In the spirit of Valentine’s Day, the Illinois Senate has approved marriage equality by a vote of 34-21. Once the law is officially written in the books, those who are in civil unions will be able to convert them to gay marriages within a year.

Although the Illinois legislation is one step closer towards marriage equality in America, there are still people protesting against the idea. Many Superman fans are outraged that DC comics have hired Orson Scott Card, author of the sci-fi series Ender’s Game, to write for the Adventures of Superman series. The reason? Card has been a long-time denouncer of homosexuality, calling gay marriage “the end of democracy in America.” He is also on the board of the National Organization for Marriage, a group that protests same-sex marriage. Actor Michael Harney seems to capture most intimately why Card has so many comic fans turning heads. In a letter to DC comics, he wrote:

And of all the characters Card could have been hired to write, you give him Superman? The character that taught me to lead by example? To do the right thing, even when it was hard? To keep going, even when it seemed hopeless?

On a more humanitarian note, since 1996, Poets & Writers has presented the Barnes & Noble Writers for Writers Award to “authors who have given generously to other writers or to the broader literary community.” Nominations for the award are solicited from various literary organizations, past winners and other established writers. This year’s recipients are Steve Berry, the New York Times and #1 internationally bestselling author of twelve novels and three e-book short stories, Rigoberto González, author of fifteen books of poetry and prose and editor of Camino del Sol: Fifteen Years of Latina and Latino Writing, and Judith Kelman, founder of the Visible Ink writing program at Memorial Sloan-Kettering, a program that allows cancer patients to work with experienced writers, editors and teachers.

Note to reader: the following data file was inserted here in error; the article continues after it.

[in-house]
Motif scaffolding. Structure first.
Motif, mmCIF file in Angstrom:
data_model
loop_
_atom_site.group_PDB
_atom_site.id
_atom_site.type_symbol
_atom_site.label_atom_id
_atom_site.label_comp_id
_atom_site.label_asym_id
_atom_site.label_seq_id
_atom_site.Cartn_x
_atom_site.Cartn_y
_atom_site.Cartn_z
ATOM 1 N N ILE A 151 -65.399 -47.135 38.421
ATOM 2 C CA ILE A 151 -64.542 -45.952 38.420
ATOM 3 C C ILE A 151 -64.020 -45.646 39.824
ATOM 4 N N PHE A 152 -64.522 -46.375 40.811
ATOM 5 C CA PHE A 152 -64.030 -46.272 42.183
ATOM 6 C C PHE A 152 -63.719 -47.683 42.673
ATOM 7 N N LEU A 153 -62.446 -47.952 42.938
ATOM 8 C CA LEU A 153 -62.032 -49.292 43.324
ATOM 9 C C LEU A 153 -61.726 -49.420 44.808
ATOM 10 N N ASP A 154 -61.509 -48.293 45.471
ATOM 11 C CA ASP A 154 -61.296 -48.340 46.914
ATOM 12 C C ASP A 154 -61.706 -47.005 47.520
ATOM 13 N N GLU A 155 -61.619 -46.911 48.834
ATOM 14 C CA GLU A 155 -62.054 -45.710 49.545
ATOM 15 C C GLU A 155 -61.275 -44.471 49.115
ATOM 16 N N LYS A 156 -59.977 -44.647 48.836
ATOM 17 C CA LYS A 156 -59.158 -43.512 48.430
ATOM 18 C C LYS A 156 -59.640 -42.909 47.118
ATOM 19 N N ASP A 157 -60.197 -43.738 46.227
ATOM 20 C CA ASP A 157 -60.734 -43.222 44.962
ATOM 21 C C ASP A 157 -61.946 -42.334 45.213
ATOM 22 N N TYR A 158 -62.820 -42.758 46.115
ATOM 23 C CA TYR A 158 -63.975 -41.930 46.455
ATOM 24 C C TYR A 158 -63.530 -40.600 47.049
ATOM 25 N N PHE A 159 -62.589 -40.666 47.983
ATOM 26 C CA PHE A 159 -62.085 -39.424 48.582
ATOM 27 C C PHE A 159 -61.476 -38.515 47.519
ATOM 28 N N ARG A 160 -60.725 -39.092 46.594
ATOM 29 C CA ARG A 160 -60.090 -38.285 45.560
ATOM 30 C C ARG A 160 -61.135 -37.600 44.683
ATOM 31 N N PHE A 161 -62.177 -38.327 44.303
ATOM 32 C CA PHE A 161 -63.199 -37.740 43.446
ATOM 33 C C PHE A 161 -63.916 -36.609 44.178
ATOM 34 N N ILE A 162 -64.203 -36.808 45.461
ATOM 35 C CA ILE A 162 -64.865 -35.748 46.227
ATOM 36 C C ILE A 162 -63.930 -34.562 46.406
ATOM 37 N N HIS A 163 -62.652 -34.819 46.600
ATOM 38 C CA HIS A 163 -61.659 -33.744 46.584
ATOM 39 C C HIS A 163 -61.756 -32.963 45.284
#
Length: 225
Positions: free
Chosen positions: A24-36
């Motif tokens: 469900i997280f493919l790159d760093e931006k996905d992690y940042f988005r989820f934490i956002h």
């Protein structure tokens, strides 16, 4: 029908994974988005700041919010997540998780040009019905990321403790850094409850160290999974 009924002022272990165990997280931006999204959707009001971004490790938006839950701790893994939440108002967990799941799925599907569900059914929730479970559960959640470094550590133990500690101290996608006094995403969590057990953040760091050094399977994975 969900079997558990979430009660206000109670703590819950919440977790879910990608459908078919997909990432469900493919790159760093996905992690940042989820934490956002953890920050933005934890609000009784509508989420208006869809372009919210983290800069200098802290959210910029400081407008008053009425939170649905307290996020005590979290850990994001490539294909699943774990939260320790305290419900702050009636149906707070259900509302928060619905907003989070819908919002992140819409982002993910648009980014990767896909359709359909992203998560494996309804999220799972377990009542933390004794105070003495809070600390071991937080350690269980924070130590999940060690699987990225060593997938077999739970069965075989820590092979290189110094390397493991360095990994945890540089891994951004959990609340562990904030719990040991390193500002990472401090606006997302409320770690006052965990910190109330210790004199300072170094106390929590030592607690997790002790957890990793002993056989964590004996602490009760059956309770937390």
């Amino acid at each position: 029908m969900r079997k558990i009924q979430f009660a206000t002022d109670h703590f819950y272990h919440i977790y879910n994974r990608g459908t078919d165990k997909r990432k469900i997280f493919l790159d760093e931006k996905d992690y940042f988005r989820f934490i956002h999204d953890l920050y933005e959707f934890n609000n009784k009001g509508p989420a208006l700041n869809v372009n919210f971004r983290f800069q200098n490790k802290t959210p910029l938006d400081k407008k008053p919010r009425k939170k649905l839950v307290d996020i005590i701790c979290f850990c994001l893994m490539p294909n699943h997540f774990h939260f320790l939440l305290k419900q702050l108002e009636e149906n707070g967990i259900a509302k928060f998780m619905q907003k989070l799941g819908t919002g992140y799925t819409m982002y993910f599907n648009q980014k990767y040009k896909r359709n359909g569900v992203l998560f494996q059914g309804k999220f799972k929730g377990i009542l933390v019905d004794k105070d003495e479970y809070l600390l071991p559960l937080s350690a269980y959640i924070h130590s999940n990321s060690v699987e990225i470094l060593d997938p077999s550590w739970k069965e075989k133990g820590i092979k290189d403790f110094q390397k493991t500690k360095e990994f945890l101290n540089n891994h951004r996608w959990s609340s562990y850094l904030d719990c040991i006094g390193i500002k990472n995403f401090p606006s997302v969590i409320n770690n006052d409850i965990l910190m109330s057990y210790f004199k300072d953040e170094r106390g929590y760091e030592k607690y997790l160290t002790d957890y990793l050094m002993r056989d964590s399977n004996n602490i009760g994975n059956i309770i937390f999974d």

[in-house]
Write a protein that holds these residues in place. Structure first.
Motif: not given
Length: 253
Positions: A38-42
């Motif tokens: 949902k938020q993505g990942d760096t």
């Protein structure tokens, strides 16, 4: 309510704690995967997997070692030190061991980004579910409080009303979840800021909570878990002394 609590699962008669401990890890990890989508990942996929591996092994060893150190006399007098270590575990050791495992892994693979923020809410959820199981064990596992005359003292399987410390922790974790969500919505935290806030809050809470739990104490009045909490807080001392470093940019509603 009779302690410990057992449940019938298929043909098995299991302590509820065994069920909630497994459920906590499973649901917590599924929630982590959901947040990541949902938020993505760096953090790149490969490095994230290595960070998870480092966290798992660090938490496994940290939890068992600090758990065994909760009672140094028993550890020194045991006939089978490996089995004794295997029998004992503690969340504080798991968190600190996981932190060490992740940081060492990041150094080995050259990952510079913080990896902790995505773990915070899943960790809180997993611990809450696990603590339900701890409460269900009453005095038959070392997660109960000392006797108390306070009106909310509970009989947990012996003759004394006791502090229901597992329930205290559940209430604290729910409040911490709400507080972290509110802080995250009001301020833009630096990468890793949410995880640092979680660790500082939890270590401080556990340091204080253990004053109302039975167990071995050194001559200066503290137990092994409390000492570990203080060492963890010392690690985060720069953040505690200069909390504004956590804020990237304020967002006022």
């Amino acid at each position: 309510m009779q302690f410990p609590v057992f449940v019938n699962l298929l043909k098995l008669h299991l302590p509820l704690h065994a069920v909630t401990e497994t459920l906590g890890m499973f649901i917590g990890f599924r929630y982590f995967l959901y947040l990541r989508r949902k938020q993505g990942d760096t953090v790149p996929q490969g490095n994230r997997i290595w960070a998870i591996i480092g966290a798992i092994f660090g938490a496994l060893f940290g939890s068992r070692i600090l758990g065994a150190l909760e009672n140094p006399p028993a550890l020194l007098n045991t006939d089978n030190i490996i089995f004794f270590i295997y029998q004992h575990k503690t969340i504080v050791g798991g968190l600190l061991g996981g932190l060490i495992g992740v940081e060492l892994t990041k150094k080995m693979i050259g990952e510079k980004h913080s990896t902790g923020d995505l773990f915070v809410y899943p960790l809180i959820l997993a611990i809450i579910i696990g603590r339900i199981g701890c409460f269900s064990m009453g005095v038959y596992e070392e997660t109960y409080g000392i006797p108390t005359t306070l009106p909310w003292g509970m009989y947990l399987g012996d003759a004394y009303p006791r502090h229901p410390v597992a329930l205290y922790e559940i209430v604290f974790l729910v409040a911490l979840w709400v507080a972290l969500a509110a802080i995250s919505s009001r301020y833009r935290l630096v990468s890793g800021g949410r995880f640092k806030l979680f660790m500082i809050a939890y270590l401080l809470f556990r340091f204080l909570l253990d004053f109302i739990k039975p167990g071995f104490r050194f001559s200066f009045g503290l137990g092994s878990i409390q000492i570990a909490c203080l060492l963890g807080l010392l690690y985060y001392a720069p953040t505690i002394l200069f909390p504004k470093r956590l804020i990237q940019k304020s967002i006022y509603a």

Meanwhile, in the theater industry, the Tectonic Theater Project has brought The Laramie Project back to New York to be performed through February 24th at the Brooklyn Academy of Music. The play is based on the 1998 murder of Matthew Shepard, a gay student at the University of Wyoming in Laramie, and on interviews with residents of the town after the murder, including police officers, university faculty and one of Shepard’s killers, Aaron McKinney. Since its first production in 2000, The Laramie Project has gone on to be one of the most performed plays in the country, with around 200 shows in the past year alone.

And lastly, another interesting production in the works is a new musical called Upstairs, written by playwright and composer Wayne Self. The musical is based on a fire that broke out in June of 1973 at a gay bar in New Orleans called the Upstairs Lounge. The fire, which was thought to be an arson attack, claimed thirty-two lives. Self became interested in the idea for the musical because he felt the tragedy had not been as well documented over the years as events like the Stonewall Riots, despite its large death toll. Self hopes the musical will spread awareness and honor the victims.



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Paul Monette

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